My Top 20 Songs of 2012 #12: Grizzly Bear – ‘Sun In Your Eyes’

grizzly bear


grizzly bears

In 2009, Grizzly Bear went into the US top 10 with their third album, Veckatimest. They spear-headed a group of bands from across the pond who broke into the mainstream with albums that were often a bit tricky. Whether they were trying to or not, they began to pull the Radiohead trick of managing to sell lots of records with music that didn’t dumb down for an imagined audience of idiots (whatever you think of Thom Yorke and Chris Martin, it’s difficult to imagine Radiohead ever releasing a song with the lyrics: “You might be a big fish in a little pond/Doesn’t mean you’ve won/’cos along may come a bigger one”). Given that Grizzly Bear toured with Radiohead and Jonny Greenwood publicly declared them to be his favourite band, it suggests that this wasn’t a scenario they stumbled into by accident.

Shields is another excellent album, if a bit more of a slow-burner than Veckatimest. As with Veckatimest there is a certain meticulousness to the songs (you can see why they were signed to the Warp label), but despite the occasional misstep, the songs don’t lack soul. The best example of this is the final song on the album, ‘Sun In Your Eyes’. It’s an epic song that never resorts to the clichés so often found in epic songs. There are no “woah-ohs”*, the obligatory fallback position that lazy stadium rock bands *cough-Kings of Leon-cough* use to replicate heartfelt emotion. It starts off as a piano ballad, reminiscent in its odd time signature of Radiohead’s astonishing ‘Pyramid Song’. As the song build, it undulates between a controlled racket replete with blaring horns and moments of quietude that utilise intricate harmonies. There is a moment around the 4:20 mark where, having built up to a crescendo, everything falls silent. The usual epic trick here would be to burst back into a joyous racket, but instead it drops back the sort of stripped-back piano you might hear on a Thelonious Monk record. Better still, this is all underpinned by a beautiful, delicate melody. A stunning, stunning song.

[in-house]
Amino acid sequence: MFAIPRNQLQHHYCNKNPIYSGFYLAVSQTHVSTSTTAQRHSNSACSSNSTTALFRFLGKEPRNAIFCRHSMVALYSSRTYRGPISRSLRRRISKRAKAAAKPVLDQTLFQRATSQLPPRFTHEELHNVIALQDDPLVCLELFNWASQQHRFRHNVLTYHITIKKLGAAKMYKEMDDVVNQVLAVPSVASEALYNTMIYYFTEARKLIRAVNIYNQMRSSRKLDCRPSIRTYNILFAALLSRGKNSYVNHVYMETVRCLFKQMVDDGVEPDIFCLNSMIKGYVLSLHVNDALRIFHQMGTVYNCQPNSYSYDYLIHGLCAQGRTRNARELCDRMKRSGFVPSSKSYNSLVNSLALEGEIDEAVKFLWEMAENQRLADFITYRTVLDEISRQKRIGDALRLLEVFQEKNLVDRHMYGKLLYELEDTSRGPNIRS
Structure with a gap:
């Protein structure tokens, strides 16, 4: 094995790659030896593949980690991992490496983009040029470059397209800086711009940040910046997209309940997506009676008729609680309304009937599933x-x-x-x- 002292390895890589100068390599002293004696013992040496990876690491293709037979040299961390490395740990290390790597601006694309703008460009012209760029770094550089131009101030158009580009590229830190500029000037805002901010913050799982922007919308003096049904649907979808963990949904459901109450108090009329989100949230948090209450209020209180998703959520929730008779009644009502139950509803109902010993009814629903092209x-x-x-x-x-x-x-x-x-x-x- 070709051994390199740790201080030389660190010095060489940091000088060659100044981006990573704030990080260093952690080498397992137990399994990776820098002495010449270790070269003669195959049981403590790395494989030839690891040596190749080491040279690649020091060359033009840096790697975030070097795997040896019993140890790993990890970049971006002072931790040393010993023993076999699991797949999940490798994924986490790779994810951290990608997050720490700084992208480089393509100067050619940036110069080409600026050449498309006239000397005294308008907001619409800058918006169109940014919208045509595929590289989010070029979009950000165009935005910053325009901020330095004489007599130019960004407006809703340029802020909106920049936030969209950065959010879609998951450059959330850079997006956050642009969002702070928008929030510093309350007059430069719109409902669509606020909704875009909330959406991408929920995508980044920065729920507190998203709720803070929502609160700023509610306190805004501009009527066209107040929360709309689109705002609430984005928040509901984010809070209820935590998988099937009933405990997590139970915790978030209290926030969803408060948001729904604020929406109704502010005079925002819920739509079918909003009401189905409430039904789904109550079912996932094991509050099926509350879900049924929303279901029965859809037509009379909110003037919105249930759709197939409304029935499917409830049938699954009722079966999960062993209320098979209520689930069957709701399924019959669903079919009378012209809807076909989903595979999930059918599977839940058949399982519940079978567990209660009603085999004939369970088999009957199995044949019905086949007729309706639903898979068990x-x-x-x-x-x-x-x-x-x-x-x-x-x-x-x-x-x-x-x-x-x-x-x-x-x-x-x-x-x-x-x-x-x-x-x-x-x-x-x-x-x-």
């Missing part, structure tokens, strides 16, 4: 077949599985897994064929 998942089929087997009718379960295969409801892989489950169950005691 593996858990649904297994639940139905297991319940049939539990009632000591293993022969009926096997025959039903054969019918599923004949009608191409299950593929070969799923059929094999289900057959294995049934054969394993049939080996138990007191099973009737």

*I had a brief debate about this with a good friend recently, who said that my dismissal of “woah-ohs” as lazy was, in itself, lazy. As with any generalisation, he was of course right. It’s not intrinsically lazy to use a “woah-oh” in music. However, as with the key change (everyone stand up off your stools), it has been overused to such an extent that it starts to feel like a lazy gimmick. Surely there is something more viscerally exciting in hearing an artist find new ways to express a thought or a feeling, without relying on something that has become trite and clichéd. The worst thing about overuse is that it can sully the original thing that it came from, as with adverts that rip off Wim Wenders movies, which can ruin the enjoyment of the original films by taking all of the artistry and making you think: “oh, that looks like that rubbish thing that tried to make me want a Ford Focus”.

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